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‘Nice to come through for the people of Canada,’ the Blue Jays’ Mark DeRosa said after Toronto celebrated Canada Day with a victory.MARK BLINCH/Reuters

Mark DeRosa hit in the cleanup spot because Adam Lind couldn't. J.P. Arencibia became a late designated-hitter replacement when Edwin Encarnacion sat out. Rajai Davis played for the injured Melky Cabrera.

All three delivered on Canada Day.

Wearing special red jerseys and blue caps with the large Maple Leaf logo above the bill, Arencibia delivered a pivotal two-run single, DeRosa gave starting pitcher R.A. Dickey (8-8) breathing room with a three-run homer, and Davis had two hits, two runs and two stolen bases as the Blue Jays defeated the Detroit Tigers 8-3.

The Jays evened their record at 41-41 to start the second half of their 162-game schedule at a sold-out Rogers Centre, in front of a crowd wearing promotional red baseball caps and red-and-blue T-shirts. The 45,000 in attendance crooned the national anthem with a large flag unfurled in the outfield, chanted second baseman Munenori Kawasaki's last name repeatedly, serenaded Jose Bautista ("Jose, Jose-Jose-Jose, Jose, Jose"), even paid homage to relief pitcher Aaron Loup with a "Looouuuu" drone in the ninth inning.

"Nice to come through for the people of Canada," DeRosa said. "I thought it was awesome. Especially with us coming off a tough road trip, it was tough to get out of bed in the morning, but to get here and see the place packed out and rocking, it definitely gets the juices flowing."

Despite a 2-5 road trip to Tampa Bay and Boston, the Jays are 17-7 since June 7. The loss dropped the Tigers (43-38) into second place in the American League Central.

With Encarnacion (hamstring) a late scratch, and Lind enduring back spasms, Jays manager John Gibbons moved Davis to second from fifth in the order, Bautista to third from second, Colby Rasmus to fifth from sixth, and Arencibia from the bench (with Josh Thole catching Dickey) into the six-hole against Detroit starter Jose Alvarez (1-2).

DeRosa remained in the cleanup spot. Despite his .211 average in part-time play and a recent slump, the 38-year-old veteran has delivered an inordinate number of crucial hits. He hit the three-run, opposite-field, two-out homer in the fourth inning after the Tigers had posted their only two runs off Dickey to close the margin to 5-2.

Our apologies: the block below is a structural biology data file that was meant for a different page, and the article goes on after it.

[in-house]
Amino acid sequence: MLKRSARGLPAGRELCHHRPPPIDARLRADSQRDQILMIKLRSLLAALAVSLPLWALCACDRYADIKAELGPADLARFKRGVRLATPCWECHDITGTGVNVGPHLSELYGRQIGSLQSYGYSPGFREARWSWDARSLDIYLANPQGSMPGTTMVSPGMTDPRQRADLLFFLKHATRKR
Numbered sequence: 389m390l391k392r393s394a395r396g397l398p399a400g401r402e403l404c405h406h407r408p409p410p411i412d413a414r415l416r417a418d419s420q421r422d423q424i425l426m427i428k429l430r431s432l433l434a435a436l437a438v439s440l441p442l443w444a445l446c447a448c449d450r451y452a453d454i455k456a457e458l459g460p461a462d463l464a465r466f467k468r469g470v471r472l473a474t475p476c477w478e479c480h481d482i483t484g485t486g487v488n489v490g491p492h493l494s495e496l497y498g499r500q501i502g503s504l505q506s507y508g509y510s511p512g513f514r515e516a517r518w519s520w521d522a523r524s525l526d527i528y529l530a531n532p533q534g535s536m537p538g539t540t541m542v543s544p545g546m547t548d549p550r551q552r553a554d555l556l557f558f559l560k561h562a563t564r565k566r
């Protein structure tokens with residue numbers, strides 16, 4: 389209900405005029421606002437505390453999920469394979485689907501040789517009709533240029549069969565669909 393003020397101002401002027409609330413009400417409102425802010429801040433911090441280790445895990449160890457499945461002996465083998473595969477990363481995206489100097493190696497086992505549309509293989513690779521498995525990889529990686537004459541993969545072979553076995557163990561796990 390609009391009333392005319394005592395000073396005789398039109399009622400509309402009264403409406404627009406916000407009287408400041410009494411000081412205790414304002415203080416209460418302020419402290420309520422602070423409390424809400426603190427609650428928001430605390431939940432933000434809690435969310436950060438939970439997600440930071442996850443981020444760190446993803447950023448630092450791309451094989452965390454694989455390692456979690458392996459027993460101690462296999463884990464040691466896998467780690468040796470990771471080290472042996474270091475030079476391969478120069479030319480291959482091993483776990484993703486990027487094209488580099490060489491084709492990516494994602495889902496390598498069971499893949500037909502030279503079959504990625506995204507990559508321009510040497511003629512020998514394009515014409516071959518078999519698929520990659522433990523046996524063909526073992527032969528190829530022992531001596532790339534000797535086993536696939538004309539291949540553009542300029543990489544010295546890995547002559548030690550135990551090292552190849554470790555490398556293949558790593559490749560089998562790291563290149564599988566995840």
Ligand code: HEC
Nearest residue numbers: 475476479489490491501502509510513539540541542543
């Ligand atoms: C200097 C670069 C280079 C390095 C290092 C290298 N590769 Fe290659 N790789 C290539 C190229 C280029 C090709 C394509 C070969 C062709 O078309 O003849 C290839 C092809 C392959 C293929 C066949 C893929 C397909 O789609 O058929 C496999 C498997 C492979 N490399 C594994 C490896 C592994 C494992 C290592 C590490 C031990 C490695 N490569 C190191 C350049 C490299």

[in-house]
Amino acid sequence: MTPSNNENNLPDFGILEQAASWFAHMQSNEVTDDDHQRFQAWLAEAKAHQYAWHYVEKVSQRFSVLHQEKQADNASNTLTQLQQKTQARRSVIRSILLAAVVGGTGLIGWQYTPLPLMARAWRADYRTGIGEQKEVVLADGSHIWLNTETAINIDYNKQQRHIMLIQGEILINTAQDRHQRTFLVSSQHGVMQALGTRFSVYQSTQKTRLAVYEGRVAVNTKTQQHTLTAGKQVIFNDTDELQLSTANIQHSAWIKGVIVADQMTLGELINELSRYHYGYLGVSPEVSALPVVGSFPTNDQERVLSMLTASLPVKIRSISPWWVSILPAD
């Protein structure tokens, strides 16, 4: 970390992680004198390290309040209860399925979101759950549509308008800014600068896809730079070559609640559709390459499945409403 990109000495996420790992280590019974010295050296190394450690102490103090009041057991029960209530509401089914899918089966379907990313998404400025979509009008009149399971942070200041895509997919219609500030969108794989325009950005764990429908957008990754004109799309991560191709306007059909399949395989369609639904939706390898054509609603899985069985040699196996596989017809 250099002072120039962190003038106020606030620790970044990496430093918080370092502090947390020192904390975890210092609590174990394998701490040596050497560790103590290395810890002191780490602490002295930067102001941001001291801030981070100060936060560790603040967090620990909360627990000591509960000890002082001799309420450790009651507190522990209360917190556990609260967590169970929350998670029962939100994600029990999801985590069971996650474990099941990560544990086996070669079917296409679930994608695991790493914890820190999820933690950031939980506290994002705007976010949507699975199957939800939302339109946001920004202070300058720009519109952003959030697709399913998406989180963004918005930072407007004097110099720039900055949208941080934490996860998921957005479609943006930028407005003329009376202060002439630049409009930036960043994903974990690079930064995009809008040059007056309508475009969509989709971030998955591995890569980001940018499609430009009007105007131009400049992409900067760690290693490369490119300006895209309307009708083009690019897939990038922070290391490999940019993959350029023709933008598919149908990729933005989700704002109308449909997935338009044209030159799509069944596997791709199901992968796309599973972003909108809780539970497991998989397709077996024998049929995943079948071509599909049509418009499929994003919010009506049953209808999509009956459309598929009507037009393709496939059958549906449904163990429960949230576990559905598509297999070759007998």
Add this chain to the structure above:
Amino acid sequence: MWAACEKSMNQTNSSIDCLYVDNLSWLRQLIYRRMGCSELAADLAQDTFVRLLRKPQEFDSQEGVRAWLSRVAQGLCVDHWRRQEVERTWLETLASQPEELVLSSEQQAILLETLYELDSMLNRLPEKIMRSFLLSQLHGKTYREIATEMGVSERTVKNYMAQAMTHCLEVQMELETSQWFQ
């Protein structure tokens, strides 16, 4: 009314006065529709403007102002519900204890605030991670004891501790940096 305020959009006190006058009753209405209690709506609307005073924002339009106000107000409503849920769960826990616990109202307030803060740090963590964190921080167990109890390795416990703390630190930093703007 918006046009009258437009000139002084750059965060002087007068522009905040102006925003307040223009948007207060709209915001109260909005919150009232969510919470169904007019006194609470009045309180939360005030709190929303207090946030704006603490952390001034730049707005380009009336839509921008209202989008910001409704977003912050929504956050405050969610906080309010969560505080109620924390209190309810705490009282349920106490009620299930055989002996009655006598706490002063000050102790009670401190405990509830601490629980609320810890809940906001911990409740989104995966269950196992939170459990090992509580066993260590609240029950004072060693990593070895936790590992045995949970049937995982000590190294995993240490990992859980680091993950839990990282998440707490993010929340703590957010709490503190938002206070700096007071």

Before the homer, Davis had singled and stole second base off relief pitcher Luke Putkonen, who pitched carefully to Bautista, ultimately walking him to get to DeRosa.

"Hitting fourth this season was definitely not on the agenda," said DeRosa, who made the score 8-2 with his fifth homer. "Like I told Jose [in the second inning], he had three balls on him … and I screamed to him he could probably take the shin guard off because they were definitely going to walk him to come to me."

With Jose Reyes and Davis on top of the batting order, the Blue Jays can intimidate a defence with formidable speed – "not exciting for the opposing pitcher," said Davis, who functions normally as a late-inning replacement for Cabrera. Davis has nine hits in his past 19 at-bats.

"Coming off the bench, the ball seems to jump on you a little faster," he said. "But when you're in there a lot, you're seeing it and 93, 94 [miles an hour] doesn't look as fast."

Kawasaki, playing second for the struggling Emilio Bonifacio, provided a lead with an RBI single in the second inning.

The Jays added four runs in the third for a 5-0 lead as Reyes led off with a homer, before Davis doubled and stole third base when catcher Brayan Pena threw softly back to Alvarez following a pitch to Bautista.

"It's tough to do in the major leagues," Davis said. "I think they were sleeping a little bit and I just thought I could get to third base before he could throw. It's a risk, but a calculated one."

DeRosa struck out after Bautista drew his first walk, but with the bases loaded and one out, Arencibia hit a two-run single and Maicer Izturis followed with a sacrifice fly.

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